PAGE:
Charophytes (stoneworts and bassweeds) are a typical macrophytic component of inland water ecosystems. Well-developed submerged meadows of charophytes are expression of clear water and rather low phytoplankton concentrations. Consequently, among aquatic macroscopic primary producers, charophytes are one of the most threatened groups being very sensitive to phosphorous availability, turbidity and water level perturbations. Accordingly, charophytes have been suffering a massive diversity loss worldwide over the last century, mainly because of human-induced pressures. During summer 2011, detailed field surveys were carried out with the main purpose of filling knowledge gaps concerning aquatic flora and vegetation of the Garda lake - the largest lake in Italy and one of the deepest in Europe. Along randomly selected transects, floristic data were collected following standard procedures, as imposed by the Water Framework Directive. Overall, 12 different species of charophytes were recorded, which accounts for 36% of total Italian charophytes and 19% of European species. The most diffuse species were Chara globularis and C. intermedia; whereas, the most interesting taxa were Chara polyacantha and Nitella hyalina, two species with narrow distribution in Italy. Overall in the Garda lake, dense stands of charophytes covered almost homogeneously the littoral sectors at a water depth between 3 and 12 m. The deepest species was C. globularis, which reached a maximum depth of colonisation of about 17.5 m. Charophytes represent a major element among the primary producers in the Garda lake. The high local charophyte diversity and the rather wide most colonised areas (similar to 1000-1200 ha) confirm that the Garda lake is an important reserve for many rare and threatened charophytes. For the first time, these results highlight the key role of the Garda lake for charophyte diversity at a national and European level.

Charophytes of Garda lake (Northern Italy): A preliminary assessment of diversity and distribution / Bolpagni, R.; Bettoni, E.; Bonomi, F.; Bresciani, M.; Caraffini, K.; Costaraoss, S.; Giacomazzi, F.; Monauni, C.; Montanari, P.; Mosconi, M. C.; Oggioni, A.; Pellegrini, G.; Zampieri, C.. - In: JOURNAL OF LIMNOLOGY. - ISSN 1723-8633. - 72:2(2013), pp. 388-393. [10.4081/jlimnol.2013.e31]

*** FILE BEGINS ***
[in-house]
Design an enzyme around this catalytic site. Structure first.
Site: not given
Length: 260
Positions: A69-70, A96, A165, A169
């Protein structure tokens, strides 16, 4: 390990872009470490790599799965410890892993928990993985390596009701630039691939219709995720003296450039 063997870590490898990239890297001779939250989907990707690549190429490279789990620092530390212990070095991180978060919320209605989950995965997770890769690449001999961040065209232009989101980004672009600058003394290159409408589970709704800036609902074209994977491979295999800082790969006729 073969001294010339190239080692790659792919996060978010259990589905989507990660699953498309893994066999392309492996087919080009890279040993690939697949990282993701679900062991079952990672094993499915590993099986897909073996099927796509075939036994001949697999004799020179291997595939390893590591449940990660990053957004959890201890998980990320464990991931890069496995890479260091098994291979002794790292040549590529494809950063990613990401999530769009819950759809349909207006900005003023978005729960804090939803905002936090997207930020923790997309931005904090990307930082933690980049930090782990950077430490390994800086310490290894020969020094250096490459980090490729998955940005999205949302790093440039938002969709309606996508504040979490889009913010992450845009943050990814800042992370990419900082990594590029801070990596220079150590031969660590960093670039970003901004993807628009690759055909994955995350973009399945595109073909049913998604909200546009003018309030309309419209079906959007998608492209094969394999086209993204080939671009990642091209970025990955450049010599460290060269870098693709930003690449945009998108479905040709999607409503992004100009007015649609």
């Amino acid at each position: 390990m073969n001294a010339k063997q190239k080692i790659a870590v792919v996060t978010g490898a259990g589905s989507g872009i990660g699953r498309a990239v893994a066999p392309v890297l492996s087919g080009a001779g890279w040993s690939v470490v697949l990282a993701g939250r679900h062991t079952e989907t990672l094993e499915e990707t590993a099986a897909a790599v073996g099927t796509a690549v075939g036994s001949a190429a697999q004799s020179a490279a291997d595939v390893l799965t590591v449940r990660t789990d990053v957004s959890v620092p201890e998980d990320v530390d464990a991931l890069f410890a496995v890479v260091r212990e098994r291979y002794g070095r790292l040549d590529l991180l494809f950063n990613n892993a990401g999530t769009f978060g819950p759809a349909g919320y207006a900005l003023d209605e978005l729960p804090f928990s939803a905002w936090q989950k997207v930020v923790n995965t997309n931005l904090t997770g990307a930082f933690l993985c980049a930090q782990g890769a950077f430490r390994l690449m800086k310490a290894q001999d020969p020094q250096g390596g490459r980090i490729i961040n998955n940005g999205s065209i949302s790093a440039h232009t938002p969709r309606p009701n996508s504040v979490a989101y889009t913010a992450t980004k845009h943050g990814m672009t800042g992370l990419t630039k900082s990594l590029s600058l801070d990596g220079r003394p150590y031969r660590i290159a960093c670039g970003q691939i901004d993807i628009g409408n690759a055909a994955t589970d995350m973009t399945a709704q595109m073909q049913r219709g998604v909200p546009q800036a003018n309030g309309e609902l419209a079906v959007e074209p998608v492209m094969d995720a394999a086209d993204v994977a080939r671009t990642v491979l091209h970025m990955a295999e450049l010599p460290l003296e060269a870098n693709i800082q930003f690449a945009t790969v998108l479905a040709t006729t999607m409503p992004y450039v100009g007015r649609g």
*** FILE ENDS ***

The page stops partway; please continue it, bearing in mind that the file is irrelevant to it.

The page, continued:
Charophytes of Garda lake (Northern Italy): A preliminary assessment of diversity and distribution

Bolpagni R.
Writing – Original Draft Preparation
;
Oggioni A.;Pellegrini G.;
2013

Abstract

Charophytes (stoneworts and bassweeds) are a typical macrophytic component of inland water ecosystems. Well-developed submerged meadows of charophytes are expression of clear water and rather low phytoplankton concentrations. Consequently, among aquatic macroscopic primary producers, charophytes are one of the most threatened groups being very sensitive to phosphorous availability, turbidity and water level perturbations. Accordingly, charophytes have been suffering a massive diversity loss worldwide over the last century, mainly because of human-induced pressures. During summer 2011, detailed field surveys were carried out with the main purpose of filling knowledge gaps concerning aquatic flora and vegetation of the Garda lake - the largest lake in Italy and one of the deepest in Europe. Along randomly selected transects, floristic data were collected following standard procedures, as imposed by the Water Framework Directive. Overall, 12 different species of charophytes were recorded, which accounts for 36% of total Italian charophytes and 19% of European species. The most diffuse species were Chara globularis and C. intermedia; whereas, the most interesting taxa were Chara polyacantha and Nitella hyalina, two species with narrow distribution in Italy. Overall in the Garda lake, dense stands of charophytes covered almost homogeneously the littoral sectors at a water depth between 3 and 12 m. The deepest species was C. globularis, which reached a maximum depth of colonisation of about 17.5 m. Charophytes represent a major element among the primary producers in the Garda lake. The high local charophyte diversity and the rather wide most colonised areas (similar to 1000-1200 ha) confirm that the Garda lake is an important reserve for many rare and threatened charophytes. For the first time, these results highlight the key role of the Garda lake for charophyte diversity at a national and European level.
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Utilizza questo identificativo per citare o creare un link a questo documento: http://hdl.handle.net/11381/2867933
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